THE IMPACT OF FLIPPING MODALITY ON CIVIC ENGAGEMENT

STUDENT RESEARCHERS:

Ji Young Lee, Jeeyun Oh, Harold Robinson (graduate students)

This paper was based on a project as part of the “Psychological Aspects of Communication Technology” course.

FACULTY SUPERVISOR:

Dr. S. Shyam Sundar

INTRODUCTION

This study aims to reveal the impact of a flipping modality on civic engagement as well as the underlying mechanism which drives the relationship between the technological factor and the level of civic engagement. Based on MAIN model (Sundar, 2008) and the concept of attitude accessibility (Arpan, Rhodes, & Roskos-Ewoldsen, 2007), an online experiment (2 (flipping vs. non-flipping) ? 3 (old media heuristic accessibility vs. coolness heuristic accessibility vs. control)) tests the impact of flipping modality on the degree of absorption, recognition memory, attitude towards content/website, and behavioral intention of civic engagement.

RESEARCH QUESTION / HYPOTHESES:

H1: Presence of flipping modality would positively influence the quality perception of content by triggering old media heuristic and coolness heuristic.

H2: Presence of flipping modality would positively influence the quality perception of website by triggering old media heuristic and coolness heuristic.

H3: The positive effect of flipping modality on dependent variables would be greater when participants are accessible to old media heuristic than when they do not have accessibility.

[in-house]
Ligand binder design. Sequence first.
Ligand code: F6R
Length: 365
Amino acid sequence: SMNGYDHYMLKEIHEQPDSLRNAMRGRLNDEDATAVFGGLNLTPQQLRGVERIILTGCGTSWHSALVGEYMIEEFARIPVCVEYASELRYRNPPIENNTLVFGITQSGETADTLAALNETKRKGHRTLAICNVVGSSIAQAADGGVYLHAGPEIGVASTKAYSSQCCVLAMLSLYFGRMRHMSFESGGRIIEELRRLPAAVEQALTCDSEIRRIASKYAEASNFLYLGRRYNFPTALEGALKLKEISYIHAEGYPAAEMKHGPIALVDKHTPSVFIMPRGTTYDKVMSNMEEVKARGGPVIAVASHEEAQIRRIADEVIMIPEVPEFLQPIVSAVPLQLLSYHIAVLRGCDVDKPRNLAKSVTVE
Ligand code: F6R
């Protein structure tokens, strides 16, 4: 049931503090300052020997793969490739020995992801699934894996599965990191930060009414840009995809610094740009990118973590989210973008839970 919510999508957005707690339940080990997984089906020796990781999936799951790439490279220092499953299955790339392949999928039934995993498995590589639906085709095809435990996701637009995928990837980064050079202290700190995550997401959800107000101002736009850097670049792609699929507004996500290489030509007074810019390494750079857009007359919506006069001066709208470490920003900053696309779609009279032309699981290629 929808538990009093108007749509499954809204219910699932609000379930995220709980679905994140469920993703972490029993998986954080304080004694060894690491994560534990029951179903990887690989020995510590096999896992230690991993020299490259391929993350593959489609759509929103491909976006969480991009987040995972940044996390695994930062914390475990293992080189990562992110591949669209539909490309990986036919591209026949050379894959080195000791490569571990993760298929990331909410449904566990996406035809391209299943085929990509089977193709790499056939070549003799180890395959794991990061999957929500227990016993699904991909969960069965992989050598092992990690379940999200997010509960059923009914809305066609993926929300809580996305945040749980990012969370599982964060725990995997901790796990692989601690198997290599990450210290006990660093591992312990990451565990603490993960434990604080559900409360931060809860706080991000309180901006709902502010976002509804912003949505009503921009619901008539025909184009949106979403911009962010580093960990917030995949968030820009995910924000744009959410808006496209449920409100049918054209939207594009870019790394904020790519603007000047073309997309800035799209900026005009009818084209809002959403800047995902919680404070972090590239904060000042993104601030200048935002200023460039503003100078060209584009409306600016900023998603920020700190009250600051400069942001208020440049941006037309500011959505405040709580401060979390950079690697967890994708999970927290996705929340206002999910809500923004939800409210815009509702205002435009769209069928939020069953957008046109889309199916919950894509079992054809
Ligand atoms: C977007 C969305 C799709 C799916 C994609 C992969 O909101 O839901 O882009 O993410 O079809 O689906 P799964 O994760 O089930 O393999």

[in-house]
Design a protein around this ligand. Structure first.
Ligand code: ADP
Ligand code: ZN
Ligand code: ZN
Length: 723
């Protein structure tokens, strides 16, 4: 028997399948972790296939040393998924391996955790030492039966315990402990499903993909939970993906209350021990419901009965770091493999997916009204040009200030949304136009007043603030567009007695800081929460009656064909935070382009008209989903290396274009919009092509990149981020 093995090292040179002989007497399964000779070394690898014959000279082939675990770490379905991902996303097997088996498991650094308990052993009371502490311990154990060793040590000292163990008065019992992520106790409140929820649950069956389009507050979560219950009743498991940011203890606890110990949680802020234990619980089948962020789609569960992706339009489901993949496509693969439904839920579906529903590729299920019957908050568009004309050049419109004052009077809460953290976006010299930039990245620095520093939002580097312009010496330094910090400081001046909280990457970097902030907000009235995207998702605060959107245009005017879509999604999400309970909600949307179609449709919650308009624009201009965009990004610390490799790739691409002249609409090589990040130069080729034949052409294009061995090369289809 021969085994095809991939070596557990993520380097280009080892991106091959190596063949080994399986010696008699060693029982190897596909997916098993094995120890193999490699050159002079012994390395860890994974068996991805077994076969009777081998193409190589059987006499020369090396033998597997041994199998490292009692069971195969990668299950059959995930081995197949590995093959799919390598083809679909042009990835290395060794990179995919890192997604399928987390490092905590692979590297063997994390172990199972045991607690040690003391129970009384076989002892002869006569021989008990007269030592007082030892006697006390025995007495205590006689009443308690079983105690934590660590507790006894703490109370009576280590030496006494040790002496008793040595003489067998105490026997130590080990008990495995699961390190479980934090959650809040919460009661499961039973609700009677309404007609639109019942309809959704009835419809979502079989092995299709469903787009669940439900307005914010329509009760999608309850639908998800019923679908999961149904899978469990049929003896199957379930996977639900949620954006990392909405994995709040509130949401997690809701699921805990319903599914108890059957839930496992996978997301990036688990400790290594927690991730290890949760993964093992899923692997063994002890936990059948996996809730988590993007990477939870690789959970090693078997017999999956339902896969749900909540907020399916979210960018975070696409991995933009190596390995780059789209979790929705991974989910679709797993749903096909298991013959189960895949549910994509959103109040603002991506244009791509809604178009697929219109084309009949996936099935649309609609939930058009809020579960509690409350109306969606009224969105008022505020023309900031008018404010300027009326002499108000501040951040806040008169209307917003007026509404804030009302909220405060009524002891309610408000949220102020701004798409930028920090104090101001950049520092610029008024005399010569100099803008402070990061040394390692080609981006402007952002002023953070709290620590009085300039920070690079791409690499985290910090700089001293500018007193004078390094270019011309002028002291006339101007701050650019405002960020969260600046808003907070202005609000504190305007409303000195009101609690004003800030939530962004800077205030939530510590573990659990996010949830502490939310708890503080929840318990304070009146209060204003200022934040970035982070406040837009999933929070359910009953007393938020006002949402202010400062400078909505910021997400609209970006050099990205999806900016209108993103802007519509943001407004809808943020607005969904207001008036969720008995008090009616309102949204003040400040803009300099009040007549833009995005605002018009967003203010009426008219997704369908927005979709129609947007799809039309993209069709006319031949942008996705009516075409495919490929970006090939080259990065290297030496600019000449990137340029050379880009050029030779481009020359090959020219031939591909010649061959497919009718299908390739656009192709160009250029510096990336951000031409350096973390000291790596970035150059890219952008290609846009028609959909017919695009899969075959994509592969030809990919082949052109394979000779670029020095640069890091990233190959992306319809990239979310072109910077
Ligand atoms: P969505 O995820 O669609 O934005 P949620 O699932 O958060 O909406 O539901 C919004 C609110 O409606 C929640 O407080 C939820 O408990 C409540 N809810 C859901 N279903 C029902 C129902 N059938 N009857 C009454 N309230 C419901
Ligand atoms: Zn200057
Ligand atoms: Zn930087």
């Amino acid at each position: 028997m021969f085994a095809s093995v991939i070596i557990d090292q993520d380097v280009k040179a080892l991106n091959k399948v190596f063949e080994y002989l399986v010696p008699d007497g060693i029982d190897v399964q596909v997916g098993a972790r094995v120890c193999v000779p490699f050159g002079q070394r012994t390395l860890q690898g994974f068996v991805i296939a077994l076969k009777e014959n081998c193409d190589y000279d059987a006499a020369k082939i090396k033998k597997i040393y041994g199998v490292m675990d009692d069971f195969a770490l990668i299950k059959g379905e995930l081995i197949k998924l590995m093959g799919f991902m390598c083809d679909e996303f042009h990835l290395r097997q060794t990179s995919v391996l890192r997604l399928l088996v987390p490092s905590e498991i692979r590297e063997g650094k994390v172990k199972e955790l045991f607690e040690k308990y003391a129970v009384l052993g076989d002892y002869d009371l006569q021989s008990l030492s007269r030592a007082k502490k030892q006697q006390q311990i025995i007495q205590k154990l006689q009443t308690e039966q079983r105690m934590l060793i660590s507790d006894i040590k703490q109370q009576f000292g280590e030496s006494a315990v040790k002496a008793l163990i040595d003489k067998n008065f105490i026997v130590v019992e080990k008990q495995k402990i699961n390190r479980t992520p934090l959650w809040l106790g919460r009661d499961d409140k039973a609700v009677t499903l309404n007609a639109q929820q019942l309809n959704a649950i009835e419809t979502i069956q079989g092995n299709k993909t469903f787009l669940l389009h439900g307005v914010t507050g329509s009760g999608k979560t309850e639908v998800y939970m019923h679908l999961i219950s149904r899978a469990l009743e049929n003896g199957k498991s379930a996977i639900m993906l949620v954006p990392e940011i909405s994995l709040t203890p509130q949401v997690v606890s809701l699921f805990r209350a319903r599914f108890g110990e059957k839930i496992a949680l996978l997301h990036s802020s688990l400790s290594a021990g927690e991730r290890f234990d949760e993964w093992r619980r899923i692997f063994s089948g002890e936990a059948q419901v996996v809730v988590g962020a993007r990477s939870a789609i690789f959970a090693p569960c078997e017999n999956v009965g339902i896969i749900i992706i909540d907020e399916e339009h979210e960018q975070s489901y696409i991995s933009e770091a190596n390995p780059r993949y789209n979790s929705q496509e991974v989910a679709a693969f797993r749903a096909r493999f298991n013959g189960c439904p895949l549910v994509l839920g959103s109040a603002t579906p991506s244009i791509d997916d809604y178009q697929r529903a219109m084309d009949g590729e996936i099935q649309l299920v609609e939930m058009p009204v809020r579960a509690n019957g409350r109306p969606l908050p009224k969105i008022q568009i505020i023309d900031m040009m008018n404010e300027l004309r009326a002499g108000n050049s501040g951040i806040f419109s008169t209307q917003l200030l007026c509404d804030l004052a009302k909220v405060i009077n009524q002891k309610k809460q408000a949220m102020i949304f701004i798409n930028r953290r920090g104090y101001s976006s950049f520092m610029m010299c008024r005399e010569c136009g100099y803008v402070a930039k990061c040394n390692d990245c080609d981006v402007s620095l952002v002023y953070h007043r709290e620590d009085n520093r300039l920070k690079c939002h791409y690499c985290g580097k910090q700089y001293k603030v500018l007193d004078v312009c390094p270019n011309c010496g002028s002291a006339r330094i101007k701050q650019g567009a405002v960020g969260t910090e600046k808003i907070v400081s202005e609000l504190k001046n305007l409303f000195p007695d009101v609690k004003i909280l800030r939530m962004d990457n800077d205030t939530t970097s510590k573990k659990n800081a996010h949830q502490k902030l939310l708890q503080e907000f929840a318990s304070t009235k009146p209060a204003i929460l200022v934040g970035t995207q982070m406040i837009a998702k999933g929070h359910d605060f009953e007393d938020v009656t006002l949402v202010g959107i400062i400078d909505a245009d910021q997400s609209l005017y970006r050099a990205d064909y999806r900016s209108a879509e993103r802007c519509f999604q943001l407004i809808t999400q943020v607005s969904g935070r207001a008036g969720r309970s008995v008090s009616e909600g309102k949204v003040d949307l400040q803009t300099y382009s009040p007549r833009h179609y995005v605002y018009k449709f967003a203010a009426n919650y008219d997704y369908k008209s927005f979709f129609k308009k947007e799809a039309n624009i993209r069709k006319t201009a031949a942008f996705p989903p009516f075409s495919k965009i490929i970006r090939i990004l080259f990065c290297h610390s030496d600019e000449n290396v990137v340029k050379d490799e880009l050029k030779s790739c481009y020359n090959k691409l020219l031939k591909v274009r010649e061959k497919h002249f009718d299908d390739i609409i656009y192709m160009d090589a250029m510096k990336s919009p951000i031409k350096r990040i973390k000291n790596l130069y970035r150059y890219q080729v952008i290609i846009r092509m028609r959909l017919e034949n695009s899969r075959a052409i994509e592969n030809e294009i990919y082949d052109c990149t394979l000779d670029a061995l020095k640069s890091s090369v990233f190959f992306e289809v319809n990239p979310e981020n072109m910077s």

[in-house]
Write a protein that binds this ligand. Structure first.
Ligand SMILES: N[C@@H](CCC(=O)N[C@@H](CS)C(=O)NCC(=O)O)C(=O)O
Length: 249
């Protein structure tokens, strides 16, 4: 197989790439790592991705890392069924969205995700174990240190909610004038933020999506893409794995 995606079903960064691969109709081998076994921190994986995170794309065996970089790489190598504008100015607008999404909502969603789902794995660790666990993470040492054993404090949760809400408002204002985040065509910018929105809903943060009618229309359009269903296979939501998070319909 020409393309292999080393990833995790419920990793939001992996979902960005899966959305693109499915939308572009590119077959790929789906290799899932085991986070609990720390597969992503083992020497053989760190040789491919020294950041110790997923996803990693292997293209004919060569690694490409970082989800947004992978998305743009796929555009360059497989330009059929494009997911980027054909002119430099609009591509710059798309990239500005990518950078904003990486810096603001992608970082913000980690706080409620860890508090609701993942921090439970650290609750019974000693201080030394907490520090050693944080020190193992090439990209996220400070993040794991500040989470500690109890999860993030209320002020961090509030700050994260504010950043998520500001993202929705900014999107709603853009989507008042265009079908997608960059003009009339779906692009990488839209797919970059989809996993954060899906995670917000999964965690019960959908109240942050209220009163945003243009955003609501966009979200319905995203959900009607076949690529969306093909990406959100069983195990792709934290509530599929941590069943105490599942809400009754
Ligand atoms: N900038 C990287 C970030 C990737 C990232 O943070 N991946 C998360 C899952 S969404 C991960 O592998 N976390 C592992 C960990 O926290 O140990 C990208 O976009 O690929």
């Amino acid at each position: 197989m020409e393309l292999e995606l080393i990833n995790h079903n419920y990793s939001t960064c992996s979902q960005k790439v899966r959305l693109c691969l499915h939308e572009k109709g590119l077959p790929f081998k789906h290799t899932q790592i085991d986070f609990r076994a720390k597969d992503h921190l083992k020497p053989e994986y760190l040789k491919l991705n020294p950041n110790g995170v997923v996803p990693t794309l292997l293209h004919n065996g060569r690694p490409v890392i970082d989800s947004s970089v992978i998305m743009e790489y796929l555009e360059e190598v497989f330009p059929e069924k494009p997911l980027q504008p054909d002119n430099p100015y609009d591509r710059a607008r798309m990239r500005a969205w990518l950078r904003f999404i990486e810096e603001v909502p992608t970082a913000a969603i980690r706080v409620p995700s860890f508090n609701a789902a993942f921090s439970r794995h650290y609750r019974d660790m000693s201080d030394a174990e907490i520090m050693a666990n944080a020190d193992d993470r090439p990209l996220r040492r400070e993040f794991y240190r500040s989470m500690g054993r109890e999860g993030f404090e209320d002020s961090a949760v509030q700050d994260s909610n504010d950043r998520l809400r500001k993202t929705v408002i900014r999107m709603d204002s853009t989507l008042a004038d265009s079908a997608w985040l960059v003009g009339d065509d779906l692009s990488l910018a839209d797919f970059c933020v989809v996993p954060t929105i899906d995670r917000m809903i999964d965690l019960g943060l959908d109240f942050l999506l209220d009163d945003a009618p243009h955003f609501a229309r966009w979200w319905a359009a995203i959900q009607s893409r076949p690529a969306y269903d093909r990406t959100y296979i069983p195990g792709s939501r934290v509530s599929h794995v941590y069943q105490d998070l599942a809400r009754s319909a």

H4: The positive effect of flipping modality on dependent variables would be greater when participants are accessible to coolness heuristic than when they do not have accessibility.

H5: Presence of flipping modality would positively influence the quality perception of content, which in turn, lead to positive behavioral intention towards website.

H6: The effect of flipping modality on quality perception of content would be positively mediated by the degree of absorption on website.

H7: The effect of flipping modality on quality perception of website would be positively mediated by the degree of absorption on website.

RQ 1: What is the effect of flipping modality on participants’ memory of media content?

RQ 2: What is the relationship between the presence of flipping modality and the degree of civic engagement?

METHOD

A 2 (flipping vs. non-flipping) X 3 (old media heuristic vs. coolness heuristic vs. control) between-subjects experiment was conducted via online from April 17 to April 24. Both flipping and non-flipping eZine web pages had an identical article with several related photos. The flipping eZine enabled participants to click and drag the corners of the pages to flip through them as well as move through pages by double clicking, whereas non-flipping eZine allowed participants only to click the next page button to proceed. In particular, participants in the flipping condition were asked to turn the volume up on the computer and try to click and drag the corners of the pages to flip through them by an instruction. Figure 1 shows screen shots of flipping and non-flipping condition.

Figure 1. Screen shots of flipping vs. non-flipping condition.